Tuesday, 27 June 2017

J3 Teams

As the J.League gradually expanded, in line with the goals of its "Hundred Year Plan", the desire to spread the joy of the Beautiful Game to every corner of Japan was tempered by concerns about the potential for chaos, if the expansion was allowed to proceed in haphazard fashion. The collapse of Yokohama Flugels in 1998, and a near-disaster at Bellmare Hiratsuka the following year, created a crisis that J.League management never wants to revisit. There have been several phases in which the organizers had to step in and set strict targets for financial and organizational support, while trying to maintain a balance between growth and stability.

The most recent hurdle that the League encountered came after the J2 expanded to 22 teams, in 2012. Many were hesitant about further expansion, until the existing clubs had time to stabilize and establish solid revenue streams, but there were still a dozen or more clubs which had been organized with the specific aim of joining the professional ranks, and were nearing the point where they could satisfy J2 entry criteria. Fans, players and team management alike were frustrated (to say the least) at the League's desire to "close the door for a few years". In 2013 the League accommodated the impatient newcomers by allowing VVaren Nagasaki to join the J2, but in doing so infuriated fans in Western Tokyo by sending Machida Zelvia back into the JFL -- a fully professional team in a nominally amateur league.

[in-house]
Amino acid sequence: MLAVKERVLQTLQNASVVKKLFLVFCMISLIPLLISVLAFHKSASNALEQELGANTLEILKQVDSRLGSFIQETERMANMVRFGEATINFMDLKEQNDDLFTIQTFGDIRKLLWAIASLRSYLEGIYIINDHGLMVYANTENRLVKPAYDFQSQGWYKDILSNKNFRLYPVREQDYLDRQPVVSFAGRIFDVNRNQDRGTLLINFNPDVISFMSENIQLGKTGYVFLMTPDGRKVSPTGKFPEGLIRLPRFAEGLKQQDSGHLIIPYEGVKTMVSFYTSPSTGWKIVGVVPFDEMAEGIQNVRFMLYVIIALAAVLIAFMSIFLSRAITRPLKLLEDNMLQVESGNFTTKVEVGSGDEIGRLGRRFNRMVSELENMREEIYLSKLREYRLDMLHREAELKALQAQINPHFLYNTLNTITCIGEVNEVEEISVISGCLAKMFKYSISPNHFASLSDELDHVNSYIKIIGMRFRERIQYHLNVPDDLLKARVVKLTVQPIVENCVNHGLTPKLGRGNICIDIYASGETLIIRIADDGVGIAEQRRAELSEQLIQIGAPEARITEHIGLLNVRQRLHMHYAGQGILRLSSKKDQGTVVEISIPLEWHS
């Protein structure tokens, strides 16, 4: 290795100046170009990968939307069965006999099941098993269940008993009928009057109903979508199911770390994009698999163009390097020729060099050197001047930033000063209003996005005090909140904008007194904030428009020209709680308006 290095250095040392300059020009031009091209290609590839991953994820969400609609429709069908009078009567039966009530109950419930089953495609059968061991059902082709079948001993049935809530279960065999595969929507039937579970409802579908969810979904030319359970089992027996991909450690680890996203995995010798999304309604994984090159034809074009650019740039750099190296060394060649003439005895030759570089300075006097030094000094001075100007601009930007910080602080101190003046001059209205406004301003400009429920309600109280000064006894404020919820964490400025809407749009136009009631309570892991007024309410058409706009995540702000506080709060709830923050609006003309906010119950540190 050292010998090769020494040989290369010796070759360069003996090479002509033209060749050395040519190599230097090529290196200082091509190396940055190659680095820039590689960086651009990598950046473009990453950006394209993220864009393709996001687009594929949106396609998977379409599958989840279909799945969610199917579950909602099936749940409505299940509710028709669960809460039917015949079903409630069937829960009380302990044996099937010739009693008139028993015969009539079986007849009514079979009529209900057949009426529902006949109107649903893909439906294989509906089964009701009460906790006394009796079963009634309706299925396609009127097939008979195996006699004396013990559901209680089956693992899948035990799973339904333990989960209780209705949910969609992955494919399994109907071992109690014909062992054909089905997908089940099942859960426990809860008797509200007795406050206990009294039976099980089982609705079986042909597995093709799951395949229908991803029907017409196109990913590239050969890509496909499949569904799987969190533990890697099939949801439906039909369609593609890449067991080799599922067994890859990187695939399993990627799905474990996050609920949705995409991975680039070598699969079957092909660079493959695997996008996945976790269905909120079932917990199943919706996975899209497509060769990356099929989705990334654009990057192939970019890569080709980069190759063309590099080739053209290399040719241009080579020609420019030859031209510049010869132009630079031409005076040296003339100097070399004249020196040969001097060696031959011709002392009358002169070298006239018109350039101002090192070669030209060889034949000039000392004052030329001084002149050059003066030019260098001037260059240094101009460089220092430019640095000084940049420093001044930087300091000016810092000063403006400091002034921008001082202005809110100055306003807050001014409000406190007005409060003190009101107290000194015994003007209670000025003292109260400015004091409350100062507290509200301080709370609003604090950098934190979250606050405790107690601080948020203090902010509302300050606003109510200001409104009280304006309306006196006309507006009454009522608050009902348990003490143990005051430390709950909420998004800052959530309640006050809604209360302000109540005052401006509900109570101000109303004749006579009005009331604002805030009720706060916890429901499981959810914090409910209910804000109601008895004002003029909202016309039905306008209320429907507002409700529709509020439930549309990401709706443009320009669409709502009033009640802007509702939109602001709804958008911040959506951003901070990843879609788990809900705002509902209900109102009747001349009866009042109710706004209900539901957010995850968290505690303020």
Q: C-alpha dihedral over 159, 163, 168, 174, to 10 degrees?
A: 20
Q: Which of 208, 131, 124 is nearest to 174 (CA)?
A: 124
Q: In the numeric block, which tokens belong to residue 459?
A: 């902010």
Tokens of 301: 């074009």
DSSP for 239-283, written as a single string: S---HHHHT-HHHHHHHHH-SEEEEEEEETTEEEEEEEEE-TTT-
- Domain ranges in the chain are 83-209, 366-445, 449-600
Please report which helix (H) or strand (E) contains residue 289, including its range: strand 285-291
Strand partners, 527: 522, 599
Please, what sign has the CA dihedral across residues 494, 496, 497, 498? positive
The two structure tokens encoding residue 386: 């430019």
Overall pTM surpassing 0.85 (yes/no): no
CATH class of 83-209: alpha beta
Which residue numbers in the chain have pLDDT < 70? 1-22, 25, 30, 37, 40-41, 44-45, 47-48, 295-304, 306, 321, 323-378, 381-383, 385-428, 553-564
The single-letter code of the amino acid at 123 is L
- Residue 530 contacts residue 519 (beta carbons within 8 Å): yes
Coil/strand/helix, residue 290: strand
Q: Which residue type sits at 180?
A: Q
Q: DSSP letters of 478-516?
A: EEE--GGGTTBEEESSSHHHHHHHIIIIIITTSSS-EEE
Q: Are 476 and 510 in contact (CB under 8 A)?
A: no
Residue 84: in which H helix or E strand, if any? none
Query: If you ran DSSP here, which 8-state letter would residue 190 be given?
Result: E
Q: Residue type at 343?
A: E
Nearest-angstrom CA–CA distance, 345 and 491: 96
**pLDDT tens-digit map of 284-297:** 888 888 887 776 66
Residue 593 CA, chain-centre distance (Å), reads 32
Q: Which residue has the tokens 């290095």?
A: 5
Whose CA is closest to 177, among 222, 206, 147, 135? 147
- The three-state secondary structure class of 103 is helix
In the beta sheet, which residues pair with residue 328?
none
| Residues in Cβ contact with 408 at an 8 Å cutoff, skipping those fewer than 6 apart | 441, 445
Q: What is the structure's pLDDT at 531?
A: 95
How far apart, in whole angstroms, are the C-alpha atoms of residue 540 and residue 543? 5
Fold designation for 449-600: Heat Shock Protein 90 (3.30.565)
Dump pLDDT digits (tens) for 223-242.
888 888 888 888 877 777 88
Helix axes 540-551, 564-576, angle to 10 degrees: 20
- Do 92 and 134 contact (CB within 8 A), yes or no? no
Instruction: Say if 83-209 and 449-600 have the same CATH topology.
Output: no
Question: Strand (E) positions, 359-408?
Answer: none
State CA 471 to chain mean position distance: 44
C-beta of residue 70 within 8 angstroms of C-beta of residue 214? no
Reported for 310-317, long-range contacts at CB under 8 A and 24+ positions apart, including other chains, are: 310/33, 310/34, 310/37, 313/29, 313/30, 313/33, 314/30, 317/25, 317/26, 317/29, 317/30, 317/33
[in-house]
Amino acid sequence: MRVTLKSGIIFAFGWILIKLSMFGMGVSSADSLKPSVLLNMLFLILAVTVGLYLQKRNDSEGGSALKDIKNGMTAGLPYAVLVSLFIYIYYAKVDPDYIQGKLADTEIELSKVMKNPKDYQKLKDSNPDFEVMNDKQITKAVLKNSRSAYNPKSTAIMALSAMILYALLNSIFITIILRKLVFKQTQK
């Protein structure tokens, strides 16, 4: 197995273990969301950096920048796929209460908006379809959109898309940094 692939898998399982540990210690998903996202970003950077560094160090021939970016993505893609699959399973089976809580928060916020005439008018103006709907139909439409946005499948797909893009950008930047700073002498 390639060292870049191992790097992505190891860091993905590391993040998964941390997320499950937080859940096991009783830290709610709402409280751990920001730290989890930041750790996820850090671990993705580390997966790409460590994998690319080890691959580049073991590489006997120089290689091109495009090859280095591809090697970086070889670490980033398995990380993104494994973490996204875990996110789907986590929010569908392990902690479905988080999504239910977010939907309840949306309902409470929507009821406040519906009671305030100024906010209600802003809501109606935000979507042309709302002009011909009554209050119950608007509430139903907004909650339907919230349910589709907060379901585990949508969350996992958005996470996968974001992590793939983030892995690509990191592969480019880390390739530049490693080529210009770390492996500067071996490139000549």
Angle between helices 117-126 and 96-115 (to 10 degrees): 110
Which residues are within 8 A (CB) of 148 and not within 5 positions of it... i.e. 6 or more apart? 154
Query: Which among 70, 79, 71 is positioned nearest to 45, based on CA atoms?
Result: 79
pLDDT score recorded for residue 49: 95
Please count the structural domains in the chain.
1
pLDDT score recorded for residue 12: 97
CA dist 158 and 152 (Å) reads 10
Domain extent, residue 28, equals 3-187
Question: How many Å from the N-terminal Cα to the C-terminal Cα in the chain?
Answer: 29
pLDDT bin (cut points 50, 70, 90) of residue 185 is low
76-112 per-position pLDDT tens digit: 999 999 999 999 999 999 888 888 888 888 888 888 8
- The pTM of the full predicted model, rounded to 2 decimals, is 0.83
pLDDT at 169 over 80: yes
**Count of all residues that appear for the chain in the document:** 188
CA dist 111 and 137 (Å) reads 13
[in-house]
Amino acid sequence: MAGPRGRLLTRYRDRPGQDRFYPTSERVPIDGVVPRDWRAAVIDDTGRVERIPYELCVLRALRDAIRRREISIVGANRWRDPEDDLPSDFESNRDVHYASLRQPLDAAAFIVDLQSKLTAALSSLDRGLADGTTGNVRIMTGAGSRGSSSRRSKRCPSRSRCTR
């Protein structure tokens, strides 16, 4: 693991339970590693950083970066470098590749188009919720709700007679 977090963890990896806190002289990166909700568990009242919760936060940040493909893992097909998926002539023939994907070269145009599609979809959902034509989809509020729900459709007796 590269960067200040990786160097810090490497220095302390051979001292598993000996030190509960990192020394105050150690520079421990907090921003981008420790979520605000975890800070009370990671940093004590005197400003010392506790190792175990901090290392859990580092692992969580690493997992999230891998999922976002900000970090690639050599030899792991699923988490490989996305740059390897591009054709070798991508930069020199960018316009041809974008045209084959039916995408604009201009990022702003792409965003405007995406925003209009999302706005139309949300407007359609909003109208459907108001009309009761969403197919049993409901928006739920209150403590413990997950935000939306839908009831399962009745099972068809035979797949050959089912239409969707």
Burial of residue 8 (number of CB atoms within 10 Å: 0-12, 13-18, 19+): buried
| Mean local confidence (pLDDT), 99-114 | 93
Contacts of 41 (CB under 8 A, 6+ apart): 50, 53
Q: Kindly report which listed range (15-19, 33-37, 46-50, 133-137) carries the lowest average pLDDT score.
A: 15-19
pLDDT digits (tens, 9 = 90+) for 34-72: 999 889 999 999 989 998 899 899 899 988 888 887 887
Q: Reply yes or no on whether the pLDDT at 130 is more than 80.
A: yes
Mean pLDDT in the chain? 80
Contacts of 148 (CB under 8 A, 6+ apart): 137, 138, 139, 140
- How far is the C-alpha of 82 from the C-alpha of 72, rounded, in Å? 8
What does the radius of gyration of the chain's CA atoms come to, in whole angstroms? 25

It was clear that the League could not delay the next phase any longer, so the 2013 season was set up as a sort of "football team decathalon", with every amateur club in the country competing to meet a set of financial, organizational, fan-related (attendance) and on-the-field requirements. By December, eleven teams had met all the requirements, and the fourth phase of expansion began, with the creation of a third division (the "J3"). The founding members of the J3 were Gainare Tottori and Machida Zelvia (which both had played in the J2 previously), as well as AC Nagano Parceiro, Blaublitz Akita, Grulla Morioka, Fujieda MyFC, Fukushima United, FC Ryukyu, SC Sagamihara, Zweigen Kanazawa and YSCC.

The J3 has now expanded to 16 teams -- 13 actual "pro clubs" as well as the U-23 squads of Cerezo Osaka, Gamba Osaka and FC Tokyo. The inclusion of U-23 teams allowed the J3 to adopt a double-round-robin format, and it is unclear whether this situation will persist, or if these three youth teams will rejoin the J.League's Youth Leagues when more J3 clubs are added. In any event, the teams shown below are members of the J.League second division (J2) during the 2016 season. If you click on the icon for each team, the link will take you to a page with detailed information on that team, as well as a team schedule, a player roster, past historical data and other information (Note: the icons for Cerezo, Gamba and Tokyo are not linked. To see information on those clubs, visit the J2 or J1 section).

For information on teams in the J.League first division (J1), Click Here.

For information on teams in the J.League second division (J2), Click Here.